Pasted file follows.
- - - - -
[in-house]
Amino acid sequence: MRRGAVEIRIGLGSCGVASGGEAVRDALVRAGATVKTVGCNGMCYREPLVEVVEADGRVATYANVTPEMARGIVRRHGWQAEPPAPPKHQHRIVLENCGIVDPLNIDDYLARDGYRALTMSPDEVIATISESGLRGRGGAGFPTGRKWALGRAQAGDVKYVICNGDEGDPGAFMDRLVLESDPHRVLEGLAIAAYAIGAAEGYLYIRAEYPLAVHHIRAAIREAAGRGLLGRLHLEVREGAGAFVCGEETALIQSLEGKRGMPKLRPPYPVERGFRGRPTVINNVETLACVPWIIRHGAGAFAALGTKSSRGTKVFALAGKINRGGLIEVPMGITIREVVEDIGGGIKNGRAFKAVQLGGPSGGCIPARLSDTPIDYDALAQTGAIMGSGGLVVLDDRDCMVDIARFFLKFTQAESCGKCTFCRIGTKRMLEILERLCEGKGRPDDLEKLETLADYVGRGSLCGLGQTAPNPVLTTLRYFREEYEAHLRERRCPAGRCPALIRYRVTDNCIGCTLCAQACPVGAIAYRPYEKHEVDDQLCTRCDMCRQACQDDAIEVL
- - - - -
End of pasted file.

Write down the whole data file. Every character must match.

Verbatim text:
[in-house]
Amino acid sequence: MRRGAVEIRIGLGSCGVASGGEAVRDALVRAGATVKTVGCNGMCYREPLVEVVEADGRVATYANVTPEMARGIVRRHGWQAEPPAPPKHQHRIVLENCGIVDPLNIDDYLARDGYRALTMSPDEVIATISESGLRGRGGAGFPTGRKWALGRAQAGDVKYVICNGDEGDPGAFMDRLVLESDPHRVLEGLAIAAYAIGAAEGYLYIRAEYPLAVHHIRAAIREAAGRGLLGRLHLEVREGAGAFVCGEETALIQSLEGKRGMPKLRPPYPVERGFRGRPTVINNVETLACVPWIIRHGAGAFAALGTKSSRGTKVFALAGKINRGGLIEVPMGITIREVVEDIGGGIKNGRAFKAVQLGGPSGGCIPARLSDTPIDYDALAQTGAIMGSGGLVVLDDRDCMVDIARFFLKFTQAESCGKCTFCRIGTKRMLEILERLCEGKGRPDDLEKLETLADYVGRGSLCGLGQTAPNPVLTTLRYFREEYEAHLRERRCPAGRCPALIRYRVTDNCIGCTLCAQACPVGAIAYRPYEKHEVDDQLCTRCDMCRQACQDDAIEVL